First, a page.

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Outing Equipment: 1920

Outing Equipment: 1920

Washington, D.C., circa 1920. "National Service Co. front, 1610 14th Street N.W." Home of 24-hour tire service. National Photo Co. glass negative. View full size.


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I like the milk bottle on the window ledge -- cheaper than buying an icebox, I guess.

Dapper Casper

The ghost in front of 1612 appears to have had his shoes shined.

Auto Beds

I guess Motel 6 leaving the light on for you wasn't around yet!

Some things never change

I have a fondness for company logos that have remained in use for decades. The Firestone logotype hasn't changed in at least 90 years. That's a good one.

Free Air

Proprietor: "That'll be fifty cents for the tire fill."
Customer: "I thought the air was free."
Proprietor: "It is but there's a non-waivable atmosphere-to-tire transfer fee."

P.S. The lady in the window is reverse trick of the eye - she's real but looks like a cardboard picture.

[She is covered with mold (on the emulsion, at least), which gives her that washed-out look. - Dave]

1920s Taggers!

Apparently, graffiti was a problem back in 1920, as well. Take a close look at the lamppost. Danged whippersnappers!

Roadside Service: 50 cents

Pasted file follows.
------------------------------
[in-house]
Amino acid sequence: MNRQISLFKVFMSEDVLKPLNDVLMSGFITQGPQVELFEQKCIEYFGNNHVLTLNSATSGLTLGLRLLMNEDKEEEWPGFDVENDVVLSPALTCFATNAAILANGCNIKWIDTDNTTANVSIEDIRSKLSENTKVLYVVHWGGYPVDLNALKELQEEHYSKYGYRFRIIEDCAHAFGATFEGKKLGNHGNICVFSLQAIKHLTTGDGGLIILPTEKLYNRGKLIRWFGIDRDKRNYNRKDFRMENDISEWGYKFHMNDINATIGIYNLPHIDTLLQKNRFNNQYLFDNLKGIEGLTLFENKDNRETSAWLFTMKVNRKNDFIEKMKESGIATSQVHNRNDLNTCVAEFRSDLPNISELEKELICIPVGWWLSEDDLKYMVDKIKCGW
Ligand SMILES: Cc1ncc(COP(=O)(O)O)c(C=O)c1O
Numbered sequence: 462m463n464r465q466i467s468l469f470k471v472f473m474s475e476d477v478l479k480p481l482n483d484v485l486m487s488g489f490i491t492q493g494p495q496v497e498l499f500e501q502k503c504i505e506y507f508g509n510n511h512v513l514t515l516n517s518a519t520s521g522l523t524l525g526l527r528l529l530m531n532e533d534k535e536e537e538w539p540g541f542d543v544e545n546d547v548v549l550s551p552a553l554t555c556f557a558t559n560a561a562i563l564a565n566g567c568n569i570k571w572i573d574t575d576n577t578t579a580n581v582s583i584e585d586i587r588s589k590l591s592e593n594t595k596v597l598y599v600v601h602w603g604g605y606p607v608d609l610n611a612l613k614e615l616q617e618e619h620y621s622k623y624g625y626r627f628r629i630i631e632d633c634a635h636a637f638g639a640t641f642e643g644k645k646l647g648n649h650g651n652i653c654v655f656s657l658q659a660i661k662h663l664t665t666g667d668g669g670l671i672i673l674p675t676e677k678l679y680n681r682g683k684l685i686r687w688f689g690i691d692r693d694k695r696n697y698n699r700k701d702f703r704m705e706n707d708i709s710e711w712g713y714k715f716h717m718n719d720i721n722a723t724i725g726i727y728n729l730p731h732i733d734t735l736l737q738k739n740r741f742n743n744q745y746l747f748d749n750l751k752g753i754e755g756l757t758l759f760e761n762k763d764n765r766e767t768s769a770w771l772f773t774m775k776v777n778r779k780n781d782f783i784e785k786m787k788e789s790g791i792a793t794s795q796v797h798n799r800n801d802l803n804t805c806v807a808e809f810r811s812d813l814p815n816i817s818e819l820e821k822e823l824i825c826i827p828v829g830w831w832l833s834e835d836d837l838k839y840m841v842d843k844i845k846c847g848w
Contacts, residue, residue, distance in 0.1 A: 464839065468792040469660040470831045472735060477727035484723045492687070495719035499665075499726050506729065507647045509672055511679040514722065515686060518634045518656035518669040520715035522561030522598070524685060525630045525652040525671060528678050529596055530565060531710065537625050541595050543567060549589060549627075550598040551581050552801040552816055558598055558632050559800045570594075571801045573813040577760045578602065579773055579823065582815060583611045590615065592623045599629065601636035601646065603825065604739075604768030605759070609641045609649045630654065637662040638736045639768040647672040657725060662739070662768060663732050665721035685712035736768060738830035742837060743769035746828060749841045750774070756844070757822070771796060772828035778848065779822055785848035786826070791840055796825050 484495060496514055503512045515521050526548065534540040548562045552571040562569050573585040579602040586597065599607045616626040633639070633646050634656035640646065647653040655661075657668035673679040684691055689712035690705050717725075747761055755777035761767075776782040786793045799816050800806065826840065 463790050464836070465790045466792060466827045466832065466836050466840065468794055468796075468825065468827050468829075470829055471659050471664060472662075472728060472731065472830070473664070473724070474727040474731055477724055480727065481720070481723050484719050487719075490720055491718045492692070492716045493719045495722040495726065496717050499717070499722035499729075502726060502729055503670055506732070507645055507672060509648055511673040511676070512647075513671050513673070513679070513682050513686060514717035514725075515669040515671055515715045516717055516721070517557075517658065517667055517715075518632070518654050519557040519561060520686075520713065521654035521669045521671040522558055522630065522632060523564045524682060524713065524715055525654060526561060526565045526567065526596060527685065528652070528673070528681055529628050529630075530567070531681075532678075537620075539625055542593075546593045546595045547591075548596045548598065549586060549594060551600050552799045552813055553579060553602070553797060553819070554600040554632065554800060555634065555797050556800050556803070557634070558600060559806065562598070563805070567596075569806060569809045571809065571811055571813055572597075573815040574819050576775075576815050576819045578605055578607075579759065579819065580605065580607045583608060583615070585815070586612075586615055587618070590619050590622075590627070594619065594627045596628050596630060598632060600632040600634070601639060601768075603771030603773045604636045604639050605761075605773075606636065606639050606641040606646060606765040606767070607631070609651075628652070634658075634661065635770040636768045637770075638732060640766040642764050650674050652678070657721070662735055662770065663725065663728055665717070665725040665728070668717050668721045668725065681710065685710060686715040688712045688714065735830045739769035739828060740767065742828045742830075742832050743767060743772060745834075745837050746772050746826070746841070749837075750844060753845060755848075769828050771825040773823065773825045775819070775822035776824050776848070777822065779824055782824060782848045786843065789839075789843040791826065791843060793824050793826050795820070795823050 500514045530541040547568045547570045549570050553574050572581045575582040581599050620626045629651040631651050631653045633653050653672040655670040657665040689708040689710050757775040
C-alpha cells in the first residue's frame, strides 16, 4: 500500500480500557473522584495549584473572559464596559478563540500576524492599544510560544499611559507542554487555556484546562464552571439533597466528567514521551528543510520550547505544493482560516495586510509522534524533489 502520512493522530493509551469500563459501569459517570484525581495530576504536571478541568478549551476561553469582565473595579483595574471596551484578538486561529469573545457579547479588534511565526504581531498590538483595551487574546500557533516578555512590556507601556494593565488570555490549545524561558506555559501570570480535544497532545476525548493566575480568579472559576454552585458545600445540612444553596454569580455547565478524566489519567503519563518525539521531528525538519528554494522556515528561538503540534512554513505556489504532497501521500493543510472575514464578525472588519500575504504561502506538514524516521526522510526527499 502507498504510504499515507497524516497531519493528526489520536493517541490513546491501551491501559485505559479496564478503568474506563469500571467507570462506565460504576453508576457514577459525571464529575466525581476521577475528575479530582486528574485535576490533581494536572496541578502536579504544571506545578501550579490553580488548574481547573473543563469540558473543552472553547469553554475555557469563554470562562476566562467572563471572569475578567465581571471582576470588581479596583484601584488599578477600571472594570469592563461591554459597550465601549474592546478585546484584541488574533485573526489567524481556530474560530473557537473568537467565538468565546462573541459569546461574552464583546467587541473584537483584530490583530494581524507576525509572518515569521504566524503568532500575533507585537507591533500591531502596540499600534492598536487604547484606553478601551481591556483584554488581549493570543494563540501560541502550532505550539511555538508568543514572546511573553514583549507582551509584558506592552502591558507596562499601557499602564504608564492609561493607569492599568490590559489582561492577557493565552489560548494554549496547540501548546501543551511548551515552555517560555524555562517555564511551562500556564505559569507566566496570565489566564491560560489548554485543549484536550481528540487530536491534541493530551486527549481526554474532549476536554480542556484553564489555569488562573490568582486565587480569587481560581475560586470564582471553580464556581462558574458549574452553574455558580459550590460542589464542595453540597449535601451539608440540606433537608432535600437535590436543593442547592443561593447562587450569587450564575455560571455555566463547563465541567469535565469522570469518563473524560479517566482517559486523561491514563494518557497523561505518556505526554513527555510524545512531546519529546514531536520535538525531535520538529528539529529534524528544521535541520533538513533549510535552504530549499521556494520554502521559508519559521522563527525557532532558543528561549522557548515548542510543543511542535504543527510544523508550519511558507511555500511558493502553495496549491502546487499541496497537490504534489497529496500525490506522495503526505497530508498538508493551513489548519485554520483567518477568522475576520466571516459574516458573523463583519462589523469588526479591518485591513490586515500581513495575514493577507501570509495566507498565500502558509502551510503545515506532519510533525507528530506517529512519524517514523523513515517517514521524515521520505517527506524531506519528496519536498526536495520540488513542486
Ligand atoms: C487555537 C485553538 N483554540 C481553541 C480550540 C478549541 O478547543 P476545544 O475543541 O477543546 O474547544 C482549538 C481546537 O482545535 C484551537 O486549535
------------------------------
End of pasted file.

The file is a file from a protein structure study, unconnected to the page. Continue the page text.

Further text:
Washington Post, Apr 6, 1919

24-Hour Tire Service Begins

J.H. Robison Head of Company
Installing Apparatus for Heavy Work

Twenty-four-hour tire service is something new to Washington. It has just been introduced by the National Service Company, which has opened a tire store at 1610 Fourteenth street northwest for both solid and pneumatic tires.

J.H. Robison is active head of the new company, which is specializing on the Firestone line of tires and tubes. Mr. Robison has been for a number of years connected with the American University in the capacity of purchasing agent. Previous to this he filled a like position for the bureau of mines in the Pittsburgh district.

A 150-ton hydraulic press has been installed for handling the sold tire work. There is also set up an oxacetylene welding outfit for cutting off old tire bands and tire bases from wheels fitted with the pressed-on type of solid tires. A service wagon, specially designed, with an overhead trolley and chain hoist for handling heavy wheels, is in operation.

For the pneumatic tire business a complete vulcanizing plant is being installed and a service wagon that will answer telephone calls from anywhere in the vicinity of Washington, night or day, is on the streets.



Then and Now

Seal of Approval

These days, we rotate our tires every 6000 miles. So much for the 6000 mi guarantee!

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